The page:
A. Introduction
B. Head section of a Mark 15 type torpedo
C. Air system of a Mark 15 torpedo
D. Superheating system of a Mark 15 torpedo
E. Main engine of a Mark 15 torpedo
F. Control systems of a Mark 15 torpedo
G. Tail section of a Mark 15 torpedo
H. Aircraft torpedos
I. Other types of torpedoes
J. Above-water torpedo tubes
                                       G. Tail Section of a Mark 15 Torpedo

12G1. General

The tail section is a short, truncated cone. Holes are drilled in its forward end so that it may be secured to the afterbody with joint screws. The principal parts that it carries are:

1. The surfaces that drive the torpedo through the water-the two propellers.

2. The surfaces that control the path of the torpedo-the tail blades and rudders.

3. The sleeves and hubs that support the propellers.

4. The rods and yokes that operate the rudders.
12G2. Construction

Figure 12G1 is a cutaway view of the tail section. A bearing in the after bulkhead of the afterbody supports the after end of the forward propeller shaft. The after propeller shaft turns, in a bronze bushing, inside the forward propeller shaft. The forward propeller sleeve (B in figure 12G1) is keyed to the forward propeller shaft and secured to it by screws. The after propeller sleeve (C) is secured to the after propeller shaft in the same way.

The forward propeller sleeve turns in the tail bearing (F). The after propeller sleeve turns in four bronze bushings (R) inside the forward sleeve. The grease reservoir shell (S) holds a supply of grease inside the after propeller sleeve. When the torpedo is under way, the hot exhaust gases melt the grease in the reservoir. Centrifugal force pushes the melted grease through small passages in the propeller sleeves, to lubricate the bushings (R) and the tail bearing (F).

The forward propeller hub (G) is keyed to the forward propeller sleeve. The forward propeller nut screws onto the sleeve to hold the propeller in place. Locking screws keep the nut from working loose. Half of each locking screw is in the nut, and half in the propeller. The after propeller hub (J) is an integral part of the after propeller sleeve. Except for that, the mounting of the after propeller is the same as that of the forward propeller. Each of the 2 propellers has 4 blades.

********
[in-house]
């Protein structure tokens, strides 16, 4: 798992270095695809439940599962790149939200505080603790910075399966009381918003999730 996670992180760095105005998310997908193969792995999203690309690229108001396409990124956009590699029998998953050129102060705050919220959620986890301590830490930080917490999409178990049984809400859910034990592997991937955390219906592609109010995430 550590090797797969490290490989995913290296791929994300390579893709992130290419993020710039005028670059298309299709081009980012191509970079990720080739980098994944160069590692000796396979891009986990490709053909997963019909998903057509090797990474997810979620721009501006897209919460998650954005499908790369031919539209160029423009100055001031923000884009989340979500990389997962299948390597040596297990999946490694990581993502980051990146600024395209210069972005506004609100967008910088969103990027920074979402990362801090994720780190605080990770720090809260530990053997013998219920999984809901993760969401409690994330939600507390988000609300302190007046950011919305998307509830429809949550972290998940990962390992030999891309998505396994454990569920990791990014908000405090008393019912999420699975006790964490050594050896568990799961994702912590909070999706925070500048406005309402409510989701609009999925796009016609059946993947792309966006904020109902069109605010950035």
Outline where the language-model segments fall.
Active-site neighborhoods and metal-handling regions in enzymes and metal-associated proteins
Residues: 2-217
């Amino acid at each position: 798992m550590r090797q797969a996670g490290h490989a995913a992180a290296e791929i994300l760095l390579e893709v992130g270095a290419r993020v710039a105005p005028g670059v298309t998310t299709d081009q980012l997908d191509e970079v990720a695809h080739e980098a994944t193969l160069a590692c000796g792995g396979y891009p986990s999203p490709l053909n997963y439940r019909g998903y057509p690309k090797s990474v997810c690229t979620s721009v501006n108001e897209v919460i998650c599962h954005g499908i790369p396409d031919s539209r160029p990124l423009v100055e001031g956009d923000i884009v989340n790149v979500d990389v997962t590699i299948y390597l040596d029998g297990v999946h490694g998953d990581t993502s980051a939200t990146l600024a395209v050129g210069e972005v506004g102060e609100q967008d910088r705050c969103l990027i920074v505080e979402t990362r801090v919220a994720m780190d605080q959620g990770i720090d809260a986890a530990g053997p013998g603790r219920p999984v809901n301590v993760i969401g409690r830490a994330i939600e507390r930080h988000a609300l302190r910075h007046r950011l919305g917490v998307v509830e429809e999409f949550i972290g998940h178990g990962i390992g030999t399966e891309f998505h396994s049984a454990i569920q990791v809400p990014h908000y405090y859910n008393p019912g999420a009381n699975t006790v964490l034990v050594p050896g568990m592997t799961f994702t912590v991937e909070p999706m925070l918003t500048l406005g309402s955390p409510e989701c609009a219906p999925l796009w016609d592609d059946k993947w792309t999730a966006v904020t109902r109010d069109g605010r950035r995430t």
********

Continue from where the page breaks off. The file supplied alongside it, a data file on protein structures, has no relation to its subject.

The exhaust gases pass through openings in the after bulkhead of the afterbody, and enter the tail through exhaust valves. (One of these valves is visible in
figure 12G1.) Springs in the exhaust valves hold them shut, except when the pressure of exhaust gases forces them open. The exhaust valves thus keep water out of the afterbody at the end of an exercise run, and when the torpedo is in the flooded tube of a submarine. When the torpedo starts, pressure builds up in the exhaust tubes and pushes the valves open. The exhaust gases then flow into the tail, into the propeller sleeves through the holes in their forward ends, and out to the sea.

The four tail blades are riveted to projections on the outside of the tail cone. They stabilize the torpedo as it travels through the water. The two pairs of rudders are mounted at the after edges of the tail blades. Each rudder turns in an inner bearing on the tail cone, and an outer bearing screwed to the tail blade. These outer bearings have a double purpose. Their outer edges serve as bearing surfaces to guide the tail as the torpedo slides through the torpedo tube.